Respecting Privacy, Forwarding messages, & Sending virus warnings & Sending Chain email

Respect the privacy of others and use the Blind Carbon Copy field

Please consider how you would feel if someone sent an email to everyone in their address book, including you, and sent it in such a way that the name and email address of every recipient of that email, including yours, is disclosed to every recipient. You have probably been a victim of such an email already and probably many of those other people who also got that email, are total strangers to you. Should those people be provided with your name and email address? Probably not! People who send messages like that must be made aware of the consequences to others from their actions and should learn to respect the privacy of others when sending email to large groups of people.

Perhaps you need to adjust your method too? If you are sending an email to all, or many of your contacts, perhaps to advise everyone you correspond with that you have a new email address, or merely to share a joke or inspirational thought for the day, then you should use the Blind Carbon Copy (Bcc) field when you are composing that message. The names and email addresses of recipients whose names you put in the Bcc field will not be disclosed to anyone else who gets the message from you. If you, the sender, choose the inappropriate choice and put the recipients in the To and/or Carbon Copy (CC) fields their names (and their email address) will be disclosed to everyone who gets the message. These may be total strangers to each other, but thanks to you, they now have access to that information. This disclosure is avoided if the sender uses the Bcc field instead of the To or CC field.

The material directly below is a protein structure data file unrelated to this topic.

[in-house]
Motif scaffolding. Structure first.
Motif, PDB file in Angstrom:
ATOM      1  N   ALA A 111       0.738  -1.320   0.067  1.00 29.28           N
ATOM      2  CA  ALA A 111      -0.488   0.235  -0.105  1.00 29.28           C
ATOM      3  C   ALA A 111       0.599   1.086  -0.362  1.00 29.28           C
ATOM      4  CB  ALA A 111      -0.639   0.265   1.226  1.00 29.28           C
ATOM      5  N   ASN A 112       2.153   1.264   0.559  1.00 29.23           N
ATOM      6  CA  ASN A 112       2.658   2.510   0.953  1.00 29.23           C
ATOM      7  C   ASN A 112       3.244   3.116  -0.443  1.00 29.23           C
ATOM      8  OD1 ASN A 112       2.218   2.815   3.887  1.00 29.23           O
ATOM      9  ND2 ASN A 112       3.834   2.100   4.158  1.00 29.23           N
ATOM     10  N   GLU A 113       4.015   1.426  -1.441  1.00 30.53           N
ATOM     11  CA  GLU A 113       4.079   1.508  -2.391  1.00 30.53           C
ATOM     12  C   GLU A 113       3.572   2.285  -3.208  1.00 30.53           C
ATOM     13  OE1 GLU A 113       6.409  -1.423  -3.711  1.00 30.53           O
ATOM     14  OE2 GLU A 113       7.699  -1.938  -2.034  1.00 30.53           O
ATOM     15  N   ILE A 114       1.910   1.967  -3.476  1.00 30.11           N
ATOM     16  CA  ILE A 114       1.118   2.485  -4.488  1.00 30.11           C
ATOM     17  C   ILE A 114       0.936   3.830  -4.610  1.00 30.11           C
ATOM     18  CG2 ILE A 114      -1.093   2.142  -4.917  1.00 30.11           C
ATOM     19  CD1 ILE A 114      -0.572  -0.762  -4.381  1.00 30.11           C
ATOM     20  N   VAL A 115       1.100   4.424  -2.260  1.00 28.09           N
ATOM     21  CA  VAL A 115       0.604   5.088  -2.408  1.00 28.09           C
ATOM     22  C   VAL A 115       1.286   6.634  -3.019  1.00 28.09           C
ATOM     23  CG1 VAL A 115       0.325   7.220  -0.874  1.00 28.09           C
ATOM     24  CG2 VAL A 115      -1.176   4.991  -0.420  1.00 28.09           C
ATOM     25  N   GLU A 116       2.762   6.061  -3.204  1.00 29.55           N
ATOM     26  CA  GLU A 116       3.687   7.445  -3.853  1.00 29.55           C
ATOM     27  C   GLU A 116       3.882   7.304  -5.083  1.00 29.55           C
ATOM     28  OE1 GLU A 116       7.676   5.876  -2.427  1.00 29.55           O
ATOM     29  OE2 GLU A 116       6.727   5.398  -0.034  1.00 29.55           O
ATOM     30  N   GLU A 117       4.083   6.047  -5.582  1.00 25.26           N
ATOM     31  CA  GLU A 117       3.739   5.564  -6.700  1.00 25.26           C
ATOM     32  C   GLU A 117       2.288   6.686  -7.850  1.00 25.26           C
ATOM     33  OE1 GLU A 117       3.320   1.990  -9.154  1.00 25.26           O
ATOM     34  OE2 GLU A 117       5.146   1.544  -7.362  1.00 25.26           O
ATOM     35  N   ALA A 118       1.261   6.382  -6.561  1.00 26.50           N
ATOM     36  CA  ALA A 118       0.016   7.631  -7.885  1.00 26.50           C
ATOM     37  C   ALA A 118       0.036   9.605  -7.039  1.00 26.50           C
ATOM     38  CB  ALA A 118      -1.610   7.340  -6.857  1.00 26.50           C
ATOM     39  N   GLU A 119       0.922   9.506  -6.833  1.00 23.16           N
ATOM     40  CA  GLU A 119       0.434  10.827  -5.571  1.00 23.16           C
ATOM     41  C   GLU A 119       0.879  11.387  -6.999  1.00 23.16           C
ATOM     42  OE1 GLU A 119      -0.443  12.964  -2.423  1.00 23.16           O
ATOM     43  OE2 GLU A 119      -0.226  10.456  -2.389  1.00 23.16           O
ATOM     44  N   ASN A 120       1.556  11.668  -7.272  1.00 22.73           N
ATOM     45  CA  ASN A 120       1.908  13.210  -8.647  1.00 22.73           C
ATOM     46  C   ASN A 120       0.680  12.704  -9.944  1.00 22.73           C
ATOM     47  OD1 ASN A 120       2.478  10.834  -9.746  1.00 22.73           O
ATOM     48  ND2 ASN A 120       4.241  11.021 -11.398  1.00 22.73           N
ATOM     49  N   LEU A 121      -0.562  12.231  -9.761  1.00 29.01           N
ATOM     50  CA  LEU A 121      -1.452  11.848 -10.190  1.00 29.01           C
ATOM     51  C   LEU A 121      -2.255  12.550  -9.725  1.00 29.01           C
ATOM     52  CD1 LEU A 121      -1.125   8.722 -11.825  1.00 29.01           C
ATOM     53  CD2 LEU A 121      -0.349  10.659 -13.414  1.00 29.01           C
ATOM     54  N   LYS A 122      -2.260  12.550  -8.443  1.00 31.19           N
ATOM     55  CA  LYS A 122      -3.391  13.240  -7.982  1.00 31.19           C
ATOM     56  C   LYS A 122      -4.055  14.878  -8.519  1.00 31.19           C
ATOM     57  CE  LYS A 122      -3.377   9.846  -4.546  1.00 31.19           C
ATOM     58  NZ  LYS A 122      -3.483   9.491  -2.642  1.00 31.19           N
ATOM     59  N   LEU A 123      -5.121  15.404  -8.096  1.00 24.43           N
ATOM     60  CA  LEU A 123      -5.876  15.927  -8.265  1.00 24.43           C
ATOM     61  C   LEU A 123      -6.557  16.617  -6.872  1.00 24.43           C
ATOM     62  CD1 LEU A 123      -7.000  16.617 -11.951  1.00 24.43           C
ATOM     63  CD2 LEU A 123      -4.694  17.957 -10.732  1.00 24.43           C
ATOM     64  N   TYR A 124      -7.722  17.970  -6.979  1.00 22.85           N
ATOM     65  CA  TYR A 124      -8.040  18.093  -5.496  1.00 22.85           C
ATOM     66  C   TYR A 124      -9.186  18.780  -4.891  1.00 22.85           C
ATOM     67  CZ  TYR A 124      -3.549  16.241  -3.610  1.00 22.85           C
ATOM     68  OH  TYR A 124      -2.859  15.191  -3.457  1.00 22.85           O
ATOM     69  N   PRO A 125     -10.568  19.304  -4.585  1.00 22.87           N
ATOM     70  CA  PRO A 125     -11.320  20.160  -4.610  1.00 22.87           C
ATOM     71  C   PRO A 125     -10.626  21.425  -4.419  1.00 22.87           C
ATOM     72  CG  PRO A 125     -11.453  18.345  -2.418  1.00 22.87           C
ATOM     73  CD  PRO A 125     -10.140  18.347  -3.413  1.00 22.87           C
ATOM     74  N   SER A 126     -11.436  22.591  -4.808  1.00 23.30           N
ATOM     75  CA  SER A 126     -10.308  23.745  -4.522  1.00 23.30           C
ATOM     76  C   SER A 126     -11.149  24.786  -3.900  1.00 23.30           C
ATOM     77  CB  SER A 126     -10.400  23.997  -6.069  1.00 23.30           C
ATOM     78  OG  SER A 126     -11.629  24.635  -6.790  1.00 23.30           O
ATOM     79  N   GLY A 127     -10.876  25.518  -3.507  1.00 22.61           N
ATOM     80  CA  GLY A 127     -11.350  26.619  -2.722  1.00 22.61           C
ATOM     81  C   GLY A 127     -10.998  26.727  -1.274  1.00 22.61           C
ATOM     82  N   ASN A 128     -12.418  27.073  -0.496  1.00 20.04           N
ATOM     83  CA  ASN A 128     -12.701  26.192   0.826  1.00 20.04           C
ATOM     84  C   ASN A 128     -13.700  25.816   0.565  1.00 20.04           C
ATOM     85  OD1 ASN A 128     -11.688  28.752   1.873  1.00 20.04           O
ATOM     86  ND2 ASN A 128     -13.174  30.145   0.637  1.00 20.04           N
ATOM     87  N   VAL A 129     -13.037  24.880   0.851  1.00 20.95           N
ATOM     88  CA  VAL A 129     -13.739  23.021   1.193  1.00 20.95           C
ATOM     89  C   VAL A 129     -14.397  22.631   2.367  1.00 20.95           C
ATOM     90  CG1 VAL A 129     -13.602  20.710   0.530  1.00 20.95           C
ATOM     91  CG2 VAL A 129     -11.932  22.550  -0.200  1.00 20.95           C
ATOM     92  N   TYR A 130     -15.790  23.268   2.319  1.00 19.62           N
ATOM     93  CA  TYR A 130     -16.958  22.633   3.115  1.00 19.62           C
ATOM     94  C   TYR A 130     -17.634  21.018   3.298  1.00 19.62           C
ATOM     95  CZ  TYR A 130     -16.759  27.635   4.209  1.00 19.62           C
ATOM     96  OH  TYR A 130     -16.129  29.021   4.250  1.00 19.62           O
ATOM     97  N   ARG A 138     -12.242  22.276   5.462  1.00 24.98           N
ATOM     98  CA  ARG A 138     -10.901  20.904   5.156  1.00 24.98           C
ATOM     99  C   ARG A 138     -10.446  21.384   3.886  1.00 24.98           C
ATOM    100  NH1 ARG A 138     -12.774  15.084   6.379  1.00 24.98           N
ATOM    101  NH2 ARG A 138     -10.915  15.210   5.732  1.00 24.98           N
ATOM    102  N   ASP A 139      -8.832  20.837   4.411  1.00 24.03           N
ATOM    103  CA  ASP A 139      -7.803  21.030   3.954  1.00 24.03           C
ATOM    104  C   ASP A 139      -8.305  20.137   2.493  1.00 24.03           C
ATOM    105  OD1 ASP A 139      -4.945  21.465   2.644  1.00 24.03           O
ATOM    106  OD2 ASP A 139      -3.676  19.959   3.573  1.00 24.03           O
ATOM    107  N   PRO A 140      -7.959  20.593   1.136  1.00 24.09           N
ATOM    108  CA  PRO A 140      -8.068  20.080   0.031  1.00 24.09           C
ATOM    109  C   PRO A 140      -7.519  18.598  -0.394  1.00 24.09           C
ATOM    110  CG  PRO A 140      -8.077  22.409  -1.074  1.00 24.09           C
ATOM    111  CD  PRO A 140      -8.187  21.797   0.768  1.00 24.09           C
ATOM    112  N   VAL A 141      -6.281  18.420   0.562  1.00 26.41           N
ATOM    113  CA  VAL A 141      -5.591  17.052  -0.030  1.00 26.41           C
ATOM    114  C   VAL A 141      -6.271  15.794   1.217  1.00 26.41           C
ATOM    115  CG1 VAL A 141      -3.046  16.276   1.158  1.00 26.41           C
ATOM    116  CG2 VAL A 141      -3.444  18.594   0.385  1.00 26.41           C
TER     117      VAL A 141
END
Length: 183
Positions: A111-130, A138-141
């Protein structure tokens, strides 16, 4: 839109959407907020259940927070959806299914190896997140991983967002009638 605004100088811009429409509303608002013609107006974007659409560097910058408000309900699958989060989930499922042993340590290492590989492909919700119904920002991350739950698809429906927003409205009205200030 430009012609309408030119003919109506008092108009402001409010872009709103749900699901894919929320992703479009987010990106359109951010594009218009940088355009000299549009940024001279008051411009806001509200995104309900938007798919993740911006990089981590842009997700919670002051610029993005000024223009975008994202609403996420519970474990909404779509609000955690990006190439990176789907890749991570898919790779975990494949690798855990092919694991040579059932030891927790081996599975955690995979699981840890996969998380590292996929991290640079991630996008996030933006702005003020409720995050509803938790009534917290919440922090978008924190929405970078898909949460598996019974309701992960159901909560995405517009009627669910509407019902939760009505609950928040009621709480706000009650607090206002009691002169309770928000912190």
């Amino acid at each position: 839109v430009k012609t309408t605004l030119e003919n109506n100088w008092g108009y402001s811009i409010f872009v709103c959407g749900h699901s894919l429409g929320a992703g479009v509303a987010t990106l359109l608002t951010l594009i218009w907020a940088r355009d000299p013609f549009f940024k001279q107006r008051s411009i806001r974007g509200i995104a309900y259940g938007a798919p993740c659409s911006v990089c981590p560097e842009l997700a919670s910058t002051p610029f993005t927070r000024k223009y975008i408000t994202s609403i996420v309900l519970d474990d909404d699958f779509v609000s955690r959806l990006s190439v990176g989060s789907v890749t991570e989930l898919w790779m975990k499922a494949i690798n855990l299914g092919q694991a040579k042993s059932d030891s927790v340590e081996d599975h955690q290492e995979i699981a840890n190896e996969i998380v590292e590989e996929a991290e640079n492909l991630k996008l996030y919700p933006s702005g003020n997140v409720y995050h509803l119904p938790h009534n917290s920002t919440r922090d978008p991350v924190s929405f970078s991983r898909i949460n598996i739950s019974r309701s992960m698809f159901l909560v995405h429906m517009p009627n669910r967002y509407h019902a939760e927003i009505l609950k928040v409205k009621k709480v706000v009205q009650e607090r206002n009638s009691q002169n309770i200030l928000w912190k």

This wanton and unnecessary distribution of recipient's names and email addresses can lead them receiving spam, virus-infected messages (from total strangers) and even be the victims of stalking. You probably wouldn't appreciate your name and email address being handed out, without your consent, to large numbers of total strangers either. So be courteous to and respect the privacy of the people you correspond with and use the Bcc field when sending any broadcast type of email. You may also start a campaign of education to enlighten those who you correspond with so the community as a whole becomes more savvy.

Here is a sample image showing where the Bcc field is located in Outlook Express.

Tip: If you don't see the Bcc field when using Outlook Express start a new message and click on the View menu and put a check mark beside "All headers". You should then see it.

If you search www.google.ca for netiquette bcc and you'll likely find lots of advice on the topic.

Respect the privacy of others and remove the previous sender's information before you forward their messages

If you forward a message, perhaps a great joke, to your contacts, then you should respect the privacy of the people who sent it to you and delete their information from the top of the message before you hit the Send button. It is very easy to do so there is no excuse for you not to do it. Select the message you wish to forward and click Forward. This starts a new message and has the previous sender's information at the top. Now sweep that information with your mouse to select it and delete it. Don't forget that you probably should be using the Bcc field when forwarding the message to a group (see above).

Whenever I send anything (like a joke) that might be forwarded further, I put the following text at the top of the joke. You might do something similar. I don't type it every time. I created a "Signature" which is comprised of that text and insert that signature when I need it. This is a feature of Outlook Express, Outlook and many other email programs. Check your program's help menu for assistance on using signatures.